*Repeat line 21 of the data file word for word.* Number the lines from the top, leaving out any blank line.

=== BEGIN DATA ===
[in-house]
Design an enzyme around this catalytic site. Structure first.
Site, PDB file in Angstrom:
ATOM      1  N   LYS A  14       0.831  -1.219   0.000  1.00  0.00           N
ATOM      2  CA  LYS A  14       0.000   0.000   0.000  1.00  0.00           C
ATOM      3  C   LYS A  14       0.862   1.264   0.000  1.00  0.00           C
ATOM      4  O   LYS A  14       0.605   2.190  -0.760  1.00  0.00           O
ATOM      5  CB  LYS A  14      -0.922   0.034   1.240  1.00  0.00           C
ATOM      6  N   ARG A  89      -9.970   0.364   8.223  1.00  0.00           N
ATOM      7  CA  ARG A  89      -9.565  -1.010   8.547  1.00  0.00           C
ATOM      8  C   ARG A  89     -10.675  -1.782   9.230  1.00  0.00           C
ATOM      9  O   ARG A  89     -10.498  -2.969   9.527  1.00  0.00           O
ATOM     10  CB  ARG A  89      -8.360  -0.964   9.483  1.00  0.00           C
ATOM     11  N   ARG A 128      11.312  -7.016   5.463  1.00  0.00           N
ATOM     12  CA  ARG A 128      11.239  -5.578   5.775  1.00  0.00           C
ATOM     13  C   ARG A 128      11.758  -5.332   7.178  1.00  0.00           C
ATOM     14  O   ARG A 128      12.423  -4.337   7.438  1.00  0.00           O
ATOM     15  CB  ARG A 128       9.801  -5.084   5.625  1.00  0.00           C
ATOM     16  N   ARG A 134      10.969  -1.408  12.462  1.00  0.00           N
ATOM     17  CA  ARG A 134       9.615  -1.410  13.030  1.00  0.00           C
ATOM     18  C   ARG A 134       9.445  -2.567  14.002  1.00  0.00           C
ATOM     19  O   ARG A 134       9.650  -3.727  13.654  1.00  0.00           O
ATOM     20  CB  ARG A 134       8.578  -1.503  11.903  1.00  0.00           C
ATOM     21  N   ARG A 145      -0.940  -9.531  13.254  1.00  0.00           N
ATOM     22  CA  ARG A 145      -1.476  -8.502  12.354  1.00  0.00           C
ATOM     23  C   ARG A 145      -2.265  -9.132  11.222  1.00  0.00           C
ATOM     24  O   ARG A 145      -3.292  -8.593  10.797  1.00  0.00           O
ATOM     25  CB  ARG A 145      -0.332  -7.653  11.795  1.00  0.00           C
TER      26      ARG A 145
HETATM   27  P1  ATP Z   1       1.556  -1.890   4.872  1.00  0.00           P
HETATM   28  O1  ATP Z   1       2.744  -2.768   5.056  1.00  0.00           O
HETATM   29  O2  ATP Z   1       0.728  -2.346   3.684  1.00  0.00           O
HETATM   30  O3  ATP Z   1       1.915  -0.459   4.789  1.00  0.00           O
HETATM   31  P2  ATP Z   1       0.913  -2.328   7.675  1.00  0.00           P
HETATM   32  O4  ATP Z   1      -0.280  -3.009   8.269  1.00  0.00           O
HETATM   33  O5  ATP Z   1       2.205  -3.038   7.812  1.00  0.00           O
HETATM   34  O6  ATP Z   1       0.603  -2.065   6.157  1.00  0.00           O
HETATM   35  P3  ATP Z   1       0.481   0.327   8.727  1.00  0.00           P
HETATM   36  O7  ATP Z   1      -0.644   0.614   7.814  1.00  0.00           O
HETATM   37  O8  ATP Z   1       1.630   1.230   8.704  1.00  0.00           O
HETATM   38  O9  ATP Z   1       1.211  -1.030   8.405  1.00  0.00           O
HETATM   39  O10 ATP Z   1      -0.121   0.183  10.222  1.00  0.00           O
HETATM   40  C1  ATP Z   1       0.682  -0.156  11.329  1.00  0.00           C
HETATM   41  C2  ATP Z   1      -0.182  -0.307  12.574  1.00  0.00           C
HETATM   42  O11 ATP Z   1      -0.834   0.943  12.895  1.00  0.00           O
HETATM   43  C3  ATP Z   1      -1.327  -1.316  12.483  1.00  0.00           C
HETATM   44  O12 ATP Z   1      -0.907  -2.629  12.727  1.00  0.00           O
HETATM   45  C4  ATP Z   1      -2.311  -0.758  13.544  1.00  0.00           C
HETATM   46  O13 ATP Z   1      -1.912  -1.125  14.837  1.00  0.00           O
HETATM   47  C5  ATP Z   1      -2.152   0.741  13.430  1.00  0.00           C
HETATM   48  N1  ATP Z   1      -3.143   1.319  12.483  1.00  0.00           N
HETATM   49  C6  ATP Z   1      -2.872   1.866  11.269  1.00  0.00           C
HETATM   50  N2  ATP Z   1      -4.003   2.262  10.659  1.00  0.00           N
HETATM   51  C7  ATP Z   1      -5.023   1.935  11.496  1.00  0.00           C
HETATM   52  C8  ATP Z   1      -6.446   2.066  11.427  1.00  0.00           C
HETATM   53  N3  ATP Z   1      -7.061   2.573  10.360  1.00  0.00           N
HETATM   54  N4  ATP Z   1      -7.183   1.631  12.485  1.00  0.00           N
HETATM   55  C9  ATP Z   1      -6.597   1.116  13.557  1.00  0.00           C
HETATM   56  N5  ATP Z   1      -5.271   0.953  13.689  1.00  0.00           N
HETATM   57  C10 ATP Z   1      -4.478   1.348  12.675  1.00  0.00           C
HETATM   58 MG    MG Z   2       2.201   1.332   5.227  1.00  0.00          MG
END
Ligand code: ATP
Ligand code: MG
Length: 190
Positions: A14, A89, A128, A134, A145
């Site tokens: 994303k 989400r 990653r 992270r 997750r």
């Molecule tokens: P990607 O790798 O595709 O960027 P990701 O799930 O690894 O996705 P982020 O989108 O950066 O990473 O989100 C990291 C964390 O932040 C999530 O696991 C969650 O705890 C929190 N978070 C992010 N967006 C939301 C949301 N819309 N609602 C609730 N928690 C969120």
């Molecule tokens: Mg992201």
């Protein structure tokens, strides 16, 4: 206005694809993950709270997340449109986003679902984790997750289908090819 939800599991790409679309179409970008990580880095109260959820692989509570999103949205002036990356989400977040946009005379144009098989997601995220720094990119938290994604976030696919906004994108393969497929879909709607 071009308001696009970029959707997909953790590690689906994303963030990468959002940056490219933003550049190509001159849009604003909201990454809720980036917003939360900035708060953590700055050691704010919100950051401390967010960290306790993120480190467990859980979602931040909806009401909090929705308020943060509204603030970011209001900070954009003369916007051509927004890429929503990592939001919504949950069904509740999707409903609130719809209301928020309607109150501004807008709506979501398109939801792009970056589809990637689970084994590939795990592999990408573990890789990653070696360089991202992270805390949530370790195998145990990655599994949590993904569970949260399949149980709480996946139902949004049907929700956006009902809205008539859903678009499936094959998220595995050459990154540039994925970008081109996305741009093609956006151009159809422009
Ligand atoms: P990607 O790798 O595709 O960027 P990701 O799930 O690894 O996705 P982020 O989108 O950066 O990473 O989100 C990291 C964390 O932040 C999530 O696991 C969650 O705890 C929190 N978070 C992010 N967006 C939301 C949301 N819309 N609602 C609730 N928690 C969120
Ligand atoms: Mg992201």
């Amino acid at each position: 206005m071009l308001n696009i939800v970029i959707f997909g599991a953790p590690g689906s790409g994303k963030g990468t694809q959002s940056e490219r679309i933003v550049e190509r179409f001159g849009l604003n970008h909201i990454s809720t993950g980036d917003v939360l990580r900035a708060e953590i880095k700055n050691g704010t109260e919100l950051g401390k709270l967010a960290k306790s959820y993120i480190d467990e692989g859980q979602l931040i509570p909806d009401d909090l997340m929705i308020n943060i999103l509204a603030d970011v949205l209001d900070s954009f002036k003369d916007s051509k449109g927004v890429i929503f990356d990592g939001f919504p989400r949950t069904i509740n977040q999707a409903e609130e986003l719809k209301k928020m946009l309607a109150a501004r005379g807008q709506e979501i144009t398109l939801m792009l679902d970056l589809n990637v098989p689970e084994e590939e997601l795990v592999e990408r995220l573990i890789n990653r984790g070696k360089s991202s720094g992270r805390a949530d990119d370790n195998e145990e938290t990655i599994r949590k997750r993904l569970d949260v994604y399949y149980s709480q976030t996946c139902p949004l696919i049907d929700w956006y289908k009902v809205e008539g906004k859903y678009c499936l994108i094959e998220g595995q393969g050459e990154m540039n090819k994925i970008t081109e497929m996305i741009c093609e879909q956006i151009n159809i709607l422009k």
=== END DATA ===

ATOM     18  C   ARG A 134       9.445  -2.567  14.002  1.00  0.00           C